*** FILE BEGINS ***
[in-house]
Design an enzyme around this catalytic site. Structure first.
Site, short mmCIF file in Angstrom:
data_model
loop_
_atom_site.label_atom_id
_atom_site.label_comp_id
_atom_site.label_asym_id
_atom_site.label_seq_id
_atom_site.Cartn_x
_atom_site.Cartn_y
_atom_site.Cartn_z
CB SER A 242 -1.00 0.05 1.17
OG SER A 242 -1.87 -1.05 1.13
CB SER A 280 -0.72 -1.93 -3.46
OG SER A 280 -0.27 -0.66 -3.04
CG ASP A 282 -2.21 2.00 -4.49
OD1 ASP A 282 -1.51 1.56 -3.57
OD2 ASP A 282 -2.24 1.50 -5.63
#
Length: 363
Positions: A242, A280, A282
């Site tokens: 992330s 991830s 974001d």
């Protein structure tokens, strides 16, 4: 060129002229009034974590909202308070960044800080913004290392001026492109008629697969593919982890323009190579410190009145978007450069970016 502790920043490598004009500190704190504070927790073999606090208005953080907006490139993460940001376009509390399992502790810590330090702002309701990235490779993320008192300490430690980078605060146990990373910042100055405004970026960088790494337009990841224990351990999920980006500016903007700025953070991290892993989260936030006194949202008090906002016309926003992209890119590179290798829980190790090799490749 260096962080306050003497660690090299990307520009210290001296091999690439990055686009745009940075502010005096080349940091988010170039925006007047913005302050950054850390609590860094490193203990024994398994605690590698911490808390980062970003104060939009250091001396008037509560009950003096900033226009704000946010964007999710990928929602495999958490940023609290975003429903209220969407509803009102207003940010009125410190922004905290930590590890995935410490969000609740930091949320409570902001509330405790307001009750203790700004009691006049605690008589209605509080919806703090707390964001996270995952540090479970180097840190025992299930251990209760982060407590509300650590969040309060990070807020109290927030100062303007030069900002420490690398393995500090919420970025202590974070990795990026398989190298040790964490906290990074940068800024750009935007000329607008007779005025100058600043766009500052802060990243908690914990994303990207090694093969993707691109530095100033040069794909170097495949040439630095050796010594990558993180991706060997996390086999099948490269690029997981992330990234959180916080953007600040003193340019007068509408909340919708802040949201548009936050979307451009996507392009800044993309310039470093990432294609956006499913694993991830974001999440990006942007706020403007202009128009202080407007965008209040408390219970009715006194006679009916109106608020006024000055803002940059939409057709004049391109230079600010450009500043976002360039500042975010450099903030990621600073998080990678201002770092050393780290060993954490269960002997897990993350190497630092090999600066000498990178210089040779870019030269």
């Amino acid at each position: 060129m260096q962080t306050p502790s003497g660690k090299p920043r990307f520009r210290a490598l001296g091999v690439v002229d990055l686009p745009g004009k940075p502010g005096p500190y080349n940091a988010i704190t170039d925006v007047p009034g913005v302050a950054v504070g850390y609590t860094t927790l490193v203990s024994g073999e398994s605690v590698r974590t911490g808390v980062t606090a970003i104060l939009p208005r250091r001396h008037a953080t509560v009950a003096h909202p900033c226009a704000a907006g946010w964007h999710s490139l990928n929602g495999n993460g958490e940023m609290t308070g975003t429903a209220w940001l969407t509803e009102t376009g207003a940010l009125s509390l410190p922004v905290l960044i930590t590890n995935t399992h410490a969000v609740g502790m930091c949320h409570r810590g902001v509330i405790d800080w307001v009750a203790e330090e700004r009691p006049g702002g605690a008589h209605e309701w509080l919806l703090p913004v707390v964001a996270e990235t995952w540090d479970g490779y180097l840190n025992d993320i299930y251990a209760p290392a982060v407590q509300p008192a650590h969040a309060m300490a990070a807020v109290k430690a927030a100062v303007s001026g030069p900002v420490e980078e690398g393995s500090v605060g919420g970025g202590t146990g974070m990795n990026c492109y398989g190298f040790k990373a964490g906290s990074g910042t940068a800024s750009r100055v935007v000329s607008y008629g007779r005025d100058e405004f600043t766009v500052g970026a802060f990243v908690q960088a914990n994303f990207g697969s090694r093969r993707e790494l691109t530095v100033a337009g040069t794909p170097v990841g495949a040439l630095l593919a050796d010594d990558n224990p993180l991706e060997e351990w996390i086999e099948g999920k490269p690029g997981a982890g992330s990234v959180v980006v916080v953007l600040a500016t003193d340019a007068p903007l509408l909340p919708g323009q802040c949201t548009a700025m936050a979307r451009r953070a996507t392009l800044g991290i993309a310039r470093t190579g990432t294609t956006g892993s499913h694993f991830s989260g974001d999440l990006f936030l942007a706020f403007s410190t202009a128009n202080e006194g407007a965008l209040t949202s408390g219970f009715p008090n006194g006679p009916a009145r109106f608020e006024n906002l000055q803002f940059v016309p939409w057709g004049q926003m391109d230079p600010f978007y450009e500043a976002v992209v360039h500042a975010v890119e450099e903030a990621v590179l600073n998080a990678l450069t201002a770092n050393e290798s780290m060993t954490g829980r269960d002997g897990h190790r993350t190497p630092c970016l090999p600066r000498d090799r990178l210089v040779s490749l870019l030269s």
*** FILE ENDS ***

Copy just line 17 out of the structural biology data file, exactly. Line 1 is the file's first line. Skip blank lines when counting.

CG ASP A 282 -2.21 2.00 -4.49